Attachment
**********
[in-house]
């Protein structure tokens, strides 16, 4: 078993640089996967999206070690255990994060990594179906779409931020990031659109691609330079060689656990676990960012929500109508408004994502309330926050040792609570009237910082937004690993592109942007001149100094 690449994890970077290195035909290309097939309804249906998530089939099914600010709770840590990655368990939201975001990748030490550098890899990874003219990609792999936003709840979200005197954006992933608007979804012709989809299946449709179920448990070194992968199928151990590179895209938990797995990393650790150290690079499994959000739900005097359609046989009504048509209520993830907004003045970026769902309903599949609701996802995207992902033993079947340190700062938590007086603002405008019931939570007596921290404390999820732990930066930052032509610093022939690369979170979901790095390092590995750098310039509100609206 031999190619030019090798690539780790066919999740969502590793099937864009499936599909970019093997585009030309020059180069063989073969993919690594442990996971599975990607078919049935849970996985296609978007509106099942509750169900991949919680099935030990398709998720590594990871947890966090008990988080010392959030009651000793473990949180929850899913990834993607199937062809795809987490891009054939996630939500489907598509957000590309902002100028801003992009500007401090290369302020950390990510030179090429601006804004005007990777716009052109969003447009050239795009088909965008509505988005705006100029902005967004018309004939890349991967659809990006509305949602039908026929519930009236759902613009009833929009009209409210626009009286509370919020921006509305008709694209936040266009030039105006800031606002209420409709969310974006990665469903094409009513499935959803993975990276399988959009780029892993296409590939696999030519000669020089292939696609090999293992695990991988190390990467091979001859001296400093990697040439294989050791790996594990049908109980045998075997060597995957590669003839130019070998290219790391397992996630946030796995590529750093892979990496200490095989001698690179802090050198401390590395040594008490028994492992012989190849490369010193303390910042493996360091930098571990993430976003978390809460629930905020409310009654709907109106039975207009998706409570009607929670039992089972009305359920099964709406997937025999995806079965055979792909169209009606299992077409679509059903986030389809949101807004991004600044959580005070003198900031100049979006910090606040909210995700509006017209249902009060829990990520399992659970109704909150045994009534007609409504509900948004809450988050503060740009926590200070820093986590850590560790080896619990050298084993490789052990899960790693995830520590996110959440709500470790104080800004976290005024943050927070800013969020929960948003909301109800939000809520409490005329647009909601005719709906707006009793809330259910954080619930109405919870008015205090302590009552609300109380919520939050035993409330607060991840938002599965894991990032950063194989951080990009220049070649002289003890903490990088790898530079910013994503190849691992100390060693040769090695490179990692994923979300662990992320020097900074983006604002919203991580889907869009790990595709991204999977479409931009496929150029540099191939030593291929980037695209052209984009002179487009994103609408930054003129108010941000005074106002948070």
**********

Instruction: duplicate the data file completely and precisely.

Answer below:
[in-house]
């Protein structure tokens, strides 16, 4: 078993640089996967999206070690255990994060990594179906779409931020990031659109691609330079060689656990676990960012929500109508408004994502309330926050040792609570009237910082937004690993592109942007001149100094 690449994890970077290195035909290309097939309804249906998530089939099914600010709770840590990655368990939201975001990748030490550098890899990874003219990609792999936003709840979200005197954006992933608007979804012709989809299946449709179920448990070194992968199928151990590179895209938990797995990393650790150290690079499994959000739900005097359609046989009504048509209520993830907004003045970026769902309903599949609701996802995207992902033993079947340190700062938590007086603002405008019931939570007596921290404390999820732990930066930052032509610093022939690369979170979901790095390092590995750098310039509100609206 031999190619030019090798690539780790066919999740969502590793099937864009499936599909970019093997585009030309020059180069063989073969993919690594442990996971599975990607078919049935849970996985296609978007509106099942509750169900991949919680099935030990398709998720590594990871947890966090008990988080010392959030009651000793473990949180929850899913990834993607199937062809795809987490891009054939996630939500489907598509957000590309902002100028801003992009500007401090290369302020950390990510030179090429601006804004005007990777716009052109969003447009050239795009088909965008509505988005705006100029902005967004018309004939890349991967659809990006509305949602039908026929519930009236759902613009009833929009009209409210626009009286509370919020921006509305008709694209936040266009030039105006800031606002209420409709969310974006990665469903094409009513499935959803993975990276399988959009780029892993296409590939696999030519000669020089292939696609090999293992695990991988190390990467091979001859001296400093990697040439294989050791790996594990049908109980045998075997060597995957590669003839130019070998290219790391397992996630946030796995590529750093892979990496200490095989001698690179802090050198401390590395040594008490028994492992012989190849490369010193303390910042493996360091930098571990993430976003978390809460629930905020409310009654709907109106039975207009998706409570009607929670039992089972009305359920099964709406997937025999995806079965055979792909169209009606299992077409679509059903986030389809949101807004991004600044959580005070003198900031100049979006910090606040909210995700509006017209249902009060829990990520399992659970109704909150045994009534007609409504509900948004809450988050503060740009926590200070820093986590850590560790080896619990050298084993490789052990899960790693995830520590996110959440709500470790104080800004976290005024943050927070800013969020929960948003909301109800939000809520409490005329647009909601005719709906707006009793809330259910954080619930109405919870008015205090302590009552609300109380919520939050035993409330607060991840938002599965894991990032950063194989951080990009220049070649002289003890903490990088790898530079910013994503190849691992100390060693040769090695490179990692994923979300662990992320020097900074983006604002919203991580889907869009790990595709991204999977479409931009496929150029540099191939030593291929980037695209052209984009002179487009994103609408930054003129108010941000005074106002948070």